[Nsfw] The Black Pin-Up Models From The 1900's Nobody Told You About

Xavier in NSFW

Sing praises to the unsung women of the pin-up scene of the 20th century with these vintage black pin-up models.

Lena Horne
Lena Horne

It would have been a bleak world if pinups in tattoos never existed. But when you think of vintage pin-ups, an image of a buxom, Caucasian woman is often what first comes to mind. We're forgetting that black women played a part in the liberation of women's sexuality of the 20th century. That was back when bones weren't the basis of a woman's “sexiness” and “desirability” but more on how comfortable she is in her own skin.

These are the ‘unsung black women’ faded off the vintage pinup posters of the past.

Etta Rae, 1935 Jet Magazine cover
Etta Rae, 1935 Jet Magazine cover

“...These beautiful black women were models and dancers who paved the way for modern black woman entertainers,” writes Rinny of BGLH.

Terry O'Neil
Terry O'Neil
Gwendolyn Chapmen
Gwendolyn Chapmen

Recent from NSFW

Eleanor Joiner
Eleanor Joiner

Many of the women in this list dabble into burlesque performers. Burlesque performers and pinup models were closely related especially in those days because in order to catch people's attentions and lure them into one of their shows, Burlesque dancers will pose for risqué photos to be used in their adverts and business cards. These were one of the earliest pinups.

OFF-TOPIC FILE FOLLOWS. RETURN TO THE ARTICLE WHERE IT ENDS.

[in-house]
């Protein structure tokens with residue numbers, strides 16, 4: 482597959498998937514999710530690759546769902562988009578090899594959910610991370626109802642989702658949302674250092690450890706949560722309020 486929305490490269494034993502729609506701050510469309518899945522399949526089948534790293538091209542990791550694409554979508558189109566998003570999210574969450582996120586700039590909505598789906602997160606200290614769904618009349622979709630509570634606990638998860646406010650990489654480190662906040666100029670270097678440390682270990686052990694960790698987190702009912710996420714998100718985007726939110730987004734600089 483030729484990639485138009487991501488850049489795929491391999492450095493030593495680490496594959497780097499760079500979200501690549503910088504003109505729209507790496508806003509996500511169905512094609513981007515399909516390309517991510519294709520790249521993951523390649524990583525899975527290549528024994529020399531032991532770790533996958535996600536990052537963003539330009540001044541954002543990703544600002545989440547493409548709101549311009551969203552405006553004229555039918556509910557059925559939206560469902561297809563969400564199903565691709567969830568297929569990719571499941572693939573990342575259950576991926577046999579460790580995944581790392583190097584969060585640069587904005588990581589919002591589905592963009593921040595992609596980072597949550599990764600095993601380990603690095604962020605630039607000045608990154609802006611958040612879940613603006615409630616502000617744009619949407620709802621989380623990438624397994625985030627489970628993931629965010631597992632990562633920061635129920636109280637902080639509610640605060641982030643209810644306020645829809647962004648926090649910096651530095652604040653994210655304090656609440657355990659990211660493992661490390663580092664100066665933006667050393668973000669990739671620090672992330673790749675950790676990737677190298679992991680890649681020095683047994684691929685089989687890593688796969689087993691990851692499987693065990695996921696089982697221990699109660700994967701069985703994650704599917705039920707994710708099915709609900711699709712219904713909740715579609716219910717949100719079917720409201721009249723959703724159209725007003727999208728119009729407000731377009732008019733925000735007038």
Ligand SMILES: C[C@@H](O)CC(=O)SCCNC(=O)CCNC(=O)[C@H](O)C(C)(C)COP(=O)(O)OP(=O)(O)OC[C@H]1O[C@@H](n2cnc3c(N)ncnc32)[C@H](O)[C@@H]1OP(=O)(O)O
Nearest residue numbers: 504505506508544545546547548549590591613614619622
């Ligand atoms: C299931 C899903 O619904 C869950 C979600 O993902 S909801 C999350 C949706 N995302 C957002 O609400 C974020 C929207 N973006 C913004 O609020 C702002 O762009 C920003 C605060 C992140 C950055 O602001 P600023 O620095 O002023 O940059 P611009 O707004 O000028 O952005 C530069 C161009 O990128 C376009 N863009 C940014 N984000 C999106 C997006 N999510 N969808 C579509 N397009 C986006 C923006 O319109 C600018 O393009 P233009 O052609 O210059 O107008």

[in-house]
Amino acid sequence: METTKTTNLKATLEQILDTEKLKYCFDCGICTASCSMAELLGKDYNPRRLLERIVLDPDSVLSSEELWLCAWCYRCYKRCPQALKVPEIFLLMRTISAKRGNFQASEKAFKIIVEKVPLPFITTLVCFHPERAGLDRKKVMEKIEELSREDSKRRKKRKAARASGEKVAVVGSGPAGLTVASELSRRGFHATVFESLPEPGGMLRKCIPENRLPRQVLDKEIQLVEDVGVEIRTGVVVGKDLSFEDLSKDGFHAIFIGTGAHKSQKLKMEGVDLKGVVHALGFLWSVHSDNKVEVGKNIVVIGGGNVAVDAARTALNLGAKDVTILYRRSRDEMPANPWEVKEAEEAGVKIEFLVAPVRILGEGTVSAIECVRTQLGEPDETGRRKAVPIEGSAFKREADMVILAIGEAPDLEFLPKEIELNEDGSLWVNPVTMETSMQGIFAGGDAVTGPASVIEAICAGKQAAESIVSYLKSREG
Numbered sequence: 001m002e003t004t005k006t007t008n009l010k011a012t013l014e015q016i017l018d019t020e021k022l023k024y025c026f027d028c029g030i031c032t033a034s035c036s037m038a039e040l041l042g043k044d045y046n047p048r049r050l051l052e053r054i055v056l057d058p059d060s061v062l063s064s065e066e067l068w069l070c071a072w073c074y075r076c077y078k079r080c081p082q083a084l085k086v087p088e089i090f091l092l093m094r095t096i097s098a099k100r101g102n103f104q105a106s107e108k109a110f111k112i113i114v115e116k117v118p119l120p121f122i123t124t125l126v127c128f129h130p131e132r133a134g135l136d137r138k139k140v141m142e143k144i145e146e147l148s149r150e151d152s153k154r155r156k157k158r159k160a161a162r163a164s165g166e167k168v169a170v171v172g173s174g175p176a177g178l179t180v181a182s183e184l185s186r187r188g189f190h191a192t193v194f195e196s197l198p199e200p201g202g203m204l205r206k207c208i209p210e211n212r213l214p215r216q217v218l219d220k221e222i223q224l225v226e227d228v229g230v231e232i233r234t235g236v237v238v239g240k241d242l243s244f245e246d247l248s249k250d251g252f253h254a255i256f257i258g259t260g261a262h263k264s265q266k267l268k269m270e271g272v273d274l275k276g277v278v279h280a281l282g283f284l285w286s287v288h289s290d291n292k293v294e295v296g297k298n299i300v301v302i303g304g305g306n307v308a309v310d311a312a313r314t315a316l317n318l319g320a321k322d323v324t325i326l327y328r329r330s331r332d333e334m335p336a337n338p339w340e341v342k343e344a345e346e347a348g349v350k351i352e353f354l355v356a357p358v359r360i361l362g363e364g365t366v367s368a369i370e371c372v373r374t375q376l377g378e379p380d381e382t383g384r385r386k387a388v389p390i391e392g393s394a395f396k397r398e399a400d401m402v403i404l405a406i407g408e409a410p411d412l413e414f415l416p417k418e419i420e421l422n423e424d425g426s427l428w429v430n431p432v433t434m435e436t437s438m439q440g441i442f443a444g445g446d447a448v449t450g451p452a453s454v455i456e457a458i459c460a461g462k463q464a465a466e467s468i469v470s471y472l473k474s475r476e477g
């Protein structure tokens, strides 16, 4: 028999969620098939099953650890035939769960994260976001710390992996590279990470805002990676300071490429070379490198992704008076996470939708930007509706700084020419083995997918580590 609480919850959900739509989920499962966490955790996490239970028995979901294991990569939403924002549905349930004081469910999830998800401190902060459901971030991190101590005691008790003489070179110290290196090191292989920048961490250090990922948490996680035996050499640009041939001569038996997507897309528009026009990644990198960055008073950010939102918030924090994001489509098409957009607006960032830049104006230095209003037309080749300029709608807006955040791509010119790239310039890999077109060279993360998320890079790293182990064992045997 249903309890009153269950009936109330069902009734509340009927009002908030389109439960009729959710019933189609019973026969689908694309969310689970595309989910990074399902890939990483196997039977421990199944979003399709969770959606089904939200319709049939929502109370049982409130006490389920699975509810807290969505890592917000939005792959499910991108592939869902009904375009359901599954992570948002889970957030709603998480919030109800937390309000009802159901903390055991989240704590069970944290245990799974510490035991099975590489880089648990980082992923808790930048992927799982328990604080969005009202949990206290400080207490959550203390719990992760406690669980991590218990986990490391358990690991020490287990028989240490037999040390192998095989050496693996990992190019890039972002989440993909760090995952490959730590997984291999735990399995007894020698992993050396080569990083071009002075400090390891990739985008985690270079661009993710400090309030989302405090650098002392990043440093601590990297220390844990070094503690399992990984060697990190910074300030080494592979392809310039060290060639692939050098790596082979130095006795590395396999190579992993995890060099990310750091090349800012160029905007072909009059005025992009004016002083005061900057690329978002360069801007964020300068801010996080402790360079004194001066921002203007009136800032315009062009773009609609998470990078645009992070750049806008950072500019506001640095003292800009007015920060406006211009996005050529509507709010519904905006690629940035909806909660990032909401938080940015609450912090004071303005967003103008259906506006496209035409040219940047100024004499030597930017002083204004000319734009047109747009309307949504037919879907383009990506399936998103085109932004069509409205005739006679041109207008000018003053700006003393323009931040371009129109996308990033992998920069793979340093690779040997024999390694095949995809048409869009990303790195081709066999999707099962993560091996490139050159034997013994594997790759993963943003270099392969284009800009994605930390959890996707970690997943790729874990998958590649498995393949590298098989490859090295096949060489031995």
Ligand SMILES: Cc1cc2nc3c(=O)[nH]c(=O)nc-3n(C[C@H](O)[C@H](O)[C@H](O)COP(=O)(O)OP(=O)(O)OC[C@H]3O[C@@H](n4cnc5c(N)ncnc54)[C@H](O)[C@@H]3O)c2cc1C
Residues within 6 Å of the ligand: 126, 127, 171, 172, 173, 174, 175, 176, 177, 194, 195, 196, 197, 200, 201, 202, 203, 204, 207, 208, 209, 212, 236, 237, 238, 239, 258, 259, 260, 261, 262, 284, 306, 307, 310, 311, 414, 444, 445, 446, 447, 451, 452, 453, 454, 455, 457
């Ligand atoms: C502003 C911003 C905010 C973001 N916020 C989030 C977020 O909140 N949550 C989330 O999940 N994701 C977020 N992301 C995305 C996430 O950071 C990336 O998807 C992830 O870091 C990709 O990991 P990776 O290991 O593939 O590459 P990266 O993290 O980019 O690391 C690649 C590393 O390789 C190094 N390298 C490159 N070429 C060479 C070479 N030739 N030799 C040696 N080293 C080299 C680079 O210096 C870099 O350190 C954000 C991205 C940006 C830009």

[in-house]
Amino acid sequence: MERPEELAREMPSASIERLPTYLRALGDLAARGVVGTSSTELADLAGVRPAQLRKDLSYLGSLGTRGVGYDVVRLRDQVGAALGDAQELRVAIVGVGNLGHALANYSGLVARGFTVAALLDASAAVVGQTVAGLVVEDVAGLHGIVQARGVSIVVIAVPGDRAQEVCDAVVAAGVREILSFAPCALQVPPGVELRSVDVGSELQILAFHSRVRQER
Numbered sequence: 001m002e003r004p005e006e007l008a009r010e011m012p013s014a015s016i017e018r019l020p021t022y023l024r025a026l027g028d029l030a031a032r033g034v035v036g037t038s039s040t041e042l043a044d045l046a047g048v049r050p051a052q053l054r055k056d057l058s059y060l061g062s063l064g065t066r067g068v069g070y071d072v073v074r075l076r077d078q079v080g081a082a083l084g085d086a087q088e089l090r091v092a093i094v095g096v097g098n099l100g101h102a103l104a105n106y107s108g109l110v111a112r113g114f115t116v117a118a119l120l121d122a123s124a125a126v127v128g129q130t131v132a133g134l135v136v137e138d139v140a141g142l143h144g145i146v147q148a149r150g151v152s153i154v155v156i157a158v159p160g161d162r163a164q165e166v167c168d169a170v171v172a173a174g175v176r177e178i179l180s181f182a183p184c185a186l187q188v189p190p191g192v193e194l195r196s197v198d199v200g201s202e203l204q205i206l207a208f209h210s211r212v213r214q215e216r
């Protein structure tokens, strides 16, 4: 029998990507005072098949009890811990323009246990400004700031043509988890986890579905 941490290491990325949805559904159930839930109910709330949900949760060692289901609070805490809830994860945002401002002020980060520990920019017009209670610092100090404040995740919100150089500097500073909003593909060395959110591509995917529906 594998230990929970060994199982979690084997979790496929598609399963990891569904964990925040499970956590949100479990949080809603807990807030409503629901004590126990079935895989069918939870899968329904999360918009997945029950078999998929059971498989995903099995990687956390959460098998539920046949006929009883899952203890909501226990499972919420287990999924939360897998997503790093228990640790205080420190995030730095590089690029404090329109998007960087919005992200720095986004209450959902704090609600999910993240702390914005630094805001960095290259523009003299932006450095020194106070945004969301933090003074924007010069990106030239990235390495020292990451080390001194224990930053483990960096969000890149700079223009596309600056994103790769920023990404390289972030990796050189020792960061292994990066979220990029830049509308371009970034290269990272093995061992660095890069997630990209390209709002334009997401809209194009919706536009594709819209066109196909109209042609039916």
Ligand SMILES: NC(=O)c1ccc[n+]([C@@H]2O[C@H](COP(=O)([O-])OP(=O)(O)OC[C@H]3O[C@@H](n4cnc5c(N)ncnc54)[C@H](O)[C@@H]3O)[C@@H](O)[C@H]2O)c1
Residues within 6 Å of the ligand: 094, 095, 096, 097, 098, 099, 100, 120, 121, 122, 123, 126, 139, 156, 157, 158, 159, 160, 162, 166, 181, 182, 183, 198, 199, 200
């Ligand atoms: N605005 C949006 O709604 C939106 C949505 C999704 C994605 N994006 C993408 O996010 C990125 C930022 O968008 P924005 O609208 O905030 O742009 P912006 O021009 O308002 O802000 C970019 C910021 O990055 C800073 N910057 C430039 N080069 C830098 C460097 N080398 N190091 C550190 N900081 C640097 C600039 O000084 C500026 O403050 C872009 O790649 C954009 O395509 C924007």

Jo Ann Norris
Jo Ann Norris

Not only can most of these women dance, but some of them can also belt out some serious tunes in the early American jazz scene.

Unknown model.
Unknown model.
Toni Elling
Toni Elling
Toni Elling
Toni Elling
Lottie “The Body” Graves
Lottie “The Body” Graves
Lottie “The Body” Graves
Lottie “The Body” Graves

“They called her The Body. She was built like a double order of pancakes — sweet and stacked. The only light in the room bathed her as she emerged from a thick velvet curtain, incandescent, platinum hair piled high on her head. As the band struck up a slow, seductive wail, her intricately beaded gown glimmered with each step.

“By the end of the tune, the dress was gone, and she wore little more than heels, a few strategically placed rhinestones, and a smile,” one writer describes Lotti.

Madeleine Sahji Jackson
Madeleine Sahji Jackson

Wouldn't you know it; Madeleine Sahji Jackson, a shake dancer who appeared in “Jivin’ in Bebop” with Dizzy Gillespie, was speculated to have been one of the earliest performers who danced what we call now as “twerking” in her shows.

Unknown model.
Unknown model.
Annazette Williams
Annazette Williams

You can read more here.

Xavier

@Xavier

When she's not writing for Tattoodo, Xavier likes experimenting with art and organizing local music shows. We're kidding, she's probably asleep. Follow her on Instagram @claudia_strife

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